Heads up! Whether you are learning about the Warren Buffett investment portfolio for the first time or interested in gaining deeper insights into the portfolio and how it works, you will find this article a great read. Among other things, I discussed the strategy of this lazy portfolio, the asset allocations, track records, downsides, and, of course, how you can set up a personalized Warren Buffett 90/10 Portfolio using certain exchange-traded funds (ETFs).
Before we get to the extensive discussions, here are the key takeaways;
- The Warren Buffett 90/10 Portfolio is a lazy portfolio attributed to Warren Buffett, the famous, super successful American businessman, philanthropist, and investor.
- The portfolio is a stock-bond portfolio comprising a 10% Short-Term Government Bond and a 90% low-cost S&P 500 index fund.
- The 90/10 rule associated with this portfolio is not absolute. It is ideal for investors not to look into long-term investment goals.
- The 90/10 strategy this portfolio adopts can be easily modified to reflect the risk tolerance of any investor.
- For example, you can recreate this portfolio by combining 90% Vanguard S&P 500 ETF (VOO) and 10% Vanguard Short-Term Treasury Index Fund ETF (VGSH).
- The Warren Buffett 90/10 Portfolio allows investors to invest without worrying about continuous rebalancing like other lazy portfolios.
Meet Warren Buffett
Warren Buffett is a household name in the investment scene. The Legendary investor also doubles as one of the wealthiest people in the world, ranking high on Forbes’ list of billionaires for several years. He runs Berkshire Hathaway, an American multinational conglomerate holding company owning over 60 companies.
Buffett is a follower of the Benjamin Graham school of value investing. The investment philosophy here is to hunt and uncover securities with unjustifiably low prices but excellent intrinsic worth. It is like discovering rare gems before others can. Warren Buffett’s idea of value investing forms the basis of his strategy, which has been adopted far and wide in the investment space.
The “Oracle of Omaha” has many titles and accomplishments to his name, within and beyond the financial space, including pioneering a popular investment model – the Warren Buffett Portfolio. It is essential not to confuse this with the common Buffett’s retirement plan.
The Warren Buffett’s 90/10 Portfolio
Unlike other lazy portfolios we have reviewed, there is an interesting background story to the 90/10 portfolio by Warren Buffett. It all started with a letter addressed to Berkshire Hathaway shareholders (Buffett’s company) in 2014. In the letter, Buffett personally described a simple portfolio outline depicting how he wanted his wife’s assets to be invested.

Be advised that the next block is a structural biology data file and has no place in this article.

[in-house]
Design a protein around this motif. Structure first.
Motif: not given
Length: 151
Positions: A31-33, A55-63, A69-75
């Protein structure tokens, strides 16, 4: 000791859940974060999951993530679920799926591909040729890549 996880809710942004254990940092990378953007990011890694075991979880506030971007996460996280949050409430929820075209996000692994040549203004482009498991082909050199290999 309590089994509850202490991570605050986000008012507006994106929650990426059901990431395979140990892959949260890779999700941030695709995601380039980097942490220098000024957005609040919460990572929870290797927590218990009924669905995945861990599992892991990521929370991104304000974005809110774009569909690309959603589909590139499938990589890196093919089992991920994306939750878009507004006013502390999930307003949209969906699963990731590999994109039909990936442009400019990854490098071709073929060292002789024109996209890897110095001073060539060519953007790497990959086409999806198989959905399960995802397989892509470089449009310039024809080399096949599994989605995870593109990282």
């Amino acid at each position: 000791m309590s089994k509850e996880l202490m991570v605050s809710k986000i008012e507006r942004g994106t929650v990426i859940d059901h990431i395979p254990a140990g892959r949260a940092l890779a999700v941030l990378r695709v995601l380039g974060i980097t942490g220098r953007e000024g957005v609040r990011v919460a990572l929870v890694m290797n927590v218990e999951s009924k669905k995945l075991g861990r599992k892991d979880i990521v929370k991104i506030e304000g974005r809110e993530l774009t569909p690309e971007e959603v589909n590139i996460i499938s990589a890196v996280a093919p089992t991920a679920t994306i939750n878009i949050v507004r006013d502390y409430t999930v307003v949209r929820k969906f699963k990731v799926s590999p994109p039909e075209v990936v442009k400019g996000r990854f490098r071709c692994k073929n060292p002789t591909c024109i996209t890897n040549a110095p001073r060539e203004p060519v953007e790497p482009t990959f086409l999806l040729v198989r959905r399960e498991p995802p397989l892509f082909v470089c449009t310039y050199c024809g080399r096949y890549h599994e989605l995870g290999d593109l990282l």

While Warren Buffett was not giving a piece of financial advice, people were quick to ask a few questions. “Why is Buffett recommending such an investment plan for his wife’s wealth?” “If it’s good for Buffett’s wife, what’s stopping me from adopting it?” Yes, Buffett’s enormous influence in the money world means his suggestions were considered head-on recommendations by the general public.
Now to the portfolio proper. Buffett’s outline translates to a lazy portfolio that makes investing super straightforward while guaranteeing relatively stable returns for everyone. Buffett had asked for his wife’s wealth to be invested into two low-cost index funds. The first index fund should cover a wide range of stocks, while the second index fund should represent a great collection of bonds.
He further instructed his estate trustee on the proportion of each fund. Buffett asked that 90% of his wife’s inheritance be invested into a low-cost index fund while the other 10% be put into short-term government funds. This allocation birthed the famous Warren Buffett’s 90/10 Portfolio, a 90%-10% split between a low-cost S&P 500 index fund and a short-term government bonds fund.
The Warren Buffett’s 90/10 Portfolio – Investment Strategy
The Warren Buffett 90/10 portfolio strategy is one of the simplest out there. It follows Buffett’s life-long investment advice: to consistently put money into well-researched, high-value, low-cost index funds while banking on the potential of compounding gains, as demonstrated by the S&P 500 index.
As an investor, Buffett’s personal investment decisions have shown that he prioritizes companies with large market caps. This preference was demonstrated in the portfolio. Buffett believes investors can enjoy large domestic companies’ stability and proven growth potential. Therefore, they serve as diversified, safe, and yet well-performing stocks investors should consider adding to their portfolio.